Participative planning and decision-making processes take time, but as the adage goes, good things come to those who wait.
6 January 2017
The ability to get affected parties involved in the decision-making process often determines whether a change in a region succeeds or not. Real involvement takes time and patience, especially for someone proactive who stimulates the debate and drives the process forward. In the mountain valley Schams situated in the canton of Grisons, an idea might successfully get developed, something that hardly anyone thought about or believed possible a few years ago.
It was the year 2001 when a site planner for the new commercial zone Nislas located in Zillis in the Grisons, pointed out that not only should a conventional commercial zone be built but a place where tourism and industry come together. The starting points were the Zillis church with its world famous ceiling, visited by several thousands of people each year and, the highway on the other side of the valley, connecting the valley to Zurich and Milan. The valorisation of Nislas (a place that presently looks largely like a grey parking lot), actions to be taken and the resulting change are still open to discussion.
Nislas became part of the regional commercial zone “Val Schons”, with two additional locations in Andeer. In 2014, the seven communities involved, established a public-legal corporation as the project leader and manager of the entire commercial zone. With many vague and conflicting ideas, but in good spirits, the rough profile for Nislas was officially developed. But what next? Who should implement what and who for? Where does the investor come from? Only a handful of people participated in the first public workshop. Nothing happened for a long time after that. The initial enthusiasm had gone down.
With the model project “Natural resources as evolution engine” lead by Sofies-Emac, the discussion was launched again. In the process, the region should be developed on the basis of a sustainable valorisation of the natural resources like wood, stone, water and biodiversity. Together with the municipal authorities, entrepreneurs, representatives of the tourism department and the Beverin natural park, discussions were held repeatedly over the future of Nislas. What should the Schams look like in 15 years? What part can the local people of Nislas play ? How can Nislas become part of the “Schams-identity”? What kind of attitude towards life and climate should Nislas radiate? What fundamental idea is needed to make todays “non-place” a place?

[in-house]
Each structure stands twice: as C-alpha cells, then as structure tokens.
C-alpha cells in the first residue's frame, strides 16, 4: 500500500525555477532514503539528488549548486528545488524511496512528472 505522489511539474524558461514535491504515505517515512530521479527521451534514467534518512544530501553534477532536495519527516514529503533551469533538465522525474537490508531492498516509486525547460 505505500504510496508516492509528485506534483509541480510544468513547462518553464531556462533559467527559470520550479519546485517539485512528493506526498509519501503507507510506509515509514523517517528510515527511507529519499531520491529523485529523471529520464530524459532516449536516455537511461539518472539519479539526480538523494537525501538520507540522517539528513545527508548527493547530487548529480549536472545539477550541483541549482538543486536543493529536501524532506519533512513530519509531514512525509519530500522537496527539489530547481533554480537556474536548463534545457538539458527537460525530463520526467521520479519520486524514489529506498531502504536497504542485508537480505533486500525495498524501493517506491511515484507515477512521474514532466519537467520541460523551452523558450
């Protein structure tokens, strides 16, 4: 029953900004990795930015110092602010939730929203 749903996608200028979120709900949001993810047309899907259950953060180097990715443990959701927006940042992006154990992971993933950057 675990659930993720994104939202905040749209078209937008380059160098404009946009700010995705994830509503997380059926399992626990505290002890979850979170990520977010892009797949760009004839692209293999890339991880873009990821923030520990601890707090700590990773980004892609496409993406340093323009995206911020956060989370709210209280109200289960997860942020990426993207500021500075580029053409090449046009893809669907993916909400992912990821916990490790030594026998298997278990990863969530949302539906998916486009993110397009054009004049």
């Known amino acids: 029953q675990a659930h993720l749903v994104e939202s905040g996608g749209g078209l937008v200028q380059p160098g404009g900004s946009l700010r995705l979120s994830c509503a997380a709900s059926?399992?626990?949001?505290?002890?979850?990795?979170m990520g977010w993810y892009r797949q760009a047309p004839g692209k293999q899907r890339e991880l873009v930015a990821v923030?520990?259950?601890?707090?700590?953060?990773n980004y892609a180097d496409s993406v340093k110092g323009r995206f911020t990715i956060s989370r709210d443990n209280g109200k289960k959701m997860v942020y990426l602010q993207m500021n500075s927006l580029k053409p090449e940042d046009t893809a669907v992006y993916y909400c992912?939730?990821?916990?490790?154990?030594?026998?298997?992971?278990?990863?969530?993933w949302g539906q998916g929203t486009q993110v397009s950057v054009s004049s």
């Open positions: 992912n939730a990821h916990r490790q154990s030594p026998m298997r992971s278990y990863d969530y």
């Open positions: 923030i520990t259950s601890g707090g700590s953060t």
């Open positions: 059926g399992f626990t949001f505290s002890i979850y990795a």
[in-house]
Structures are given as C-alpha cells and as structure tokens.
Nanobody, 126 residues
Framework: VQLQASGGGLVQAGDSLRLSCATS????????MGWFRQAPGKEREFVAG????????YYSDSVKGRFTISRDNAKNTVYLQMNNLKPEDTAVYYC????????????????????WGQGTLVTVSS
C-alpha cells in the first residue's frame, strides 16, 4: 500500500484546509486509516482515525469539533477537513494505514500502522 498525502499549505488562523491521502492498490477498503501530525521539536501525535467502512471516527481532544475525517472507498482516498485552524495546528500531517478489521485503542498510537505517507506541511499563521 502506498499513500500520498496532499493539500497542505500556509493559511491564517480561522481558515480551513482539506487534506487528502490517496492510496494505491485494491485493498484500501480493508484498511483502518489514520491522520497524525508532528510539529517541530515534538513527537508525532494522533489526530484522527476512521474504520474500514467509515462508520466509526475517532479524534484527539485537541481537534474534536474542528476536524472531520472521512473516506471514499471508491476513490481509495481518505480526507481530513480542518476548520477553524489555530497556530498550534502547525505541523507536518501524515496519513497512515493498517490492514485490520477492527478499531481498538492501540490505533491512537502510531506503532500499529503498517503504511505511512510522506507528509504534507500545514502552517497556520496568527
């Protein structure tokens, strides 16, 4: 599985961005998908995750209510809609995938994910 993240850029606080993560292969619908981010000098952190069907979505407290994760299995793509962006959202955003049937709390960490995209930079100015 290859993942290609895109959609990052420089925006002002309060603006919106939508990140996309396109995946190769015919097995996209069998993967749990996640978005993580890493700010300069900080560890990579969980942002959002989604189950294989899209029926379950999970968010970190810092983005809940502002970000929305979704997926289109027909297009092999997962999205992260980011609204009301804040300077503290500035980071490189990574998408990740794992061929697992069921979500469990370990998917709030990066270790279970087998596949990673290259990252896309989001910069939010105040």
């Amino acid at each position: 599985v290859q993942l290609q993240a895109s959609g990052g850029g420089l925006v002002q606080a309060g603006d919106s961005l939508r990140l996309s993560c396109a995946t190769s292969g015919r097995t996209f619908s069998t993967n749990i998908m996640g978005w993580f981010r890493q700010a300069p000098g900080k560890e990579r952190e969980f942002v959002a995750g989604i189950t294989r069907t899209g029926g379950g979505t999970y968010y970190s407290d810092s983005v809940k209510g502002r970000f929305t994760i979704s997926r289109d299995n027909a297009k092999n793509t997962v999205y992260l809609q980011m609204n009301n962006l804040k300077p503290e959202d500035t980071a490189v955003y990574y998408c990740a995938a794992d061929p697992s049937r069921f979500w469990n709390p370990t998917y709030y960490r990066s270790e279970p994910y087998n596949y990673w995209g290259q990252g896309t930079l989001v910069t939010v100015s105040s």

Parallelly, during their spring semester, architecture students from the HTW Chur developed ideas for this special commercial zone. A variety of propositions on how tourism, industry and agriculture in Nislas can build a display window for the region came out. The public actively used the opportunity to look at the architecture designs displayed. A public discussion between a woman pastor, an architect and a tourism specialist on a topic related to the future role of Nislas for the Schams from the perspective of space planning, tourism and culture , attracted the public in large numbers. But the brilliant idea is still missing. However, a discussion led the community, the tourism organisation, the natural park and the entrepreneurs to pursue these propositions. Therefore an interest group (IG) will be formed in December. Sofies-Emac will still assist the process, presenting and conceiving it.
The example shows that successful planning and decision making processes, especially in the regional development and land management, need a lot of time and competence. Sofies-Emac experienced this inter alia in the project of regional development in Klosters and as a team member of regiosuisse, the national platform for regional development. If different parties want to work together, shared space and a regular exchange is needed to develop common understanding and objectives. Also, time and patience are not enough. Someone who leads the process professionally, drives and presents it is essential, otherwise it will eventually fizzle out. Communities, regions or other organisations that want to contribute to change are advised to provide enough resources towards it.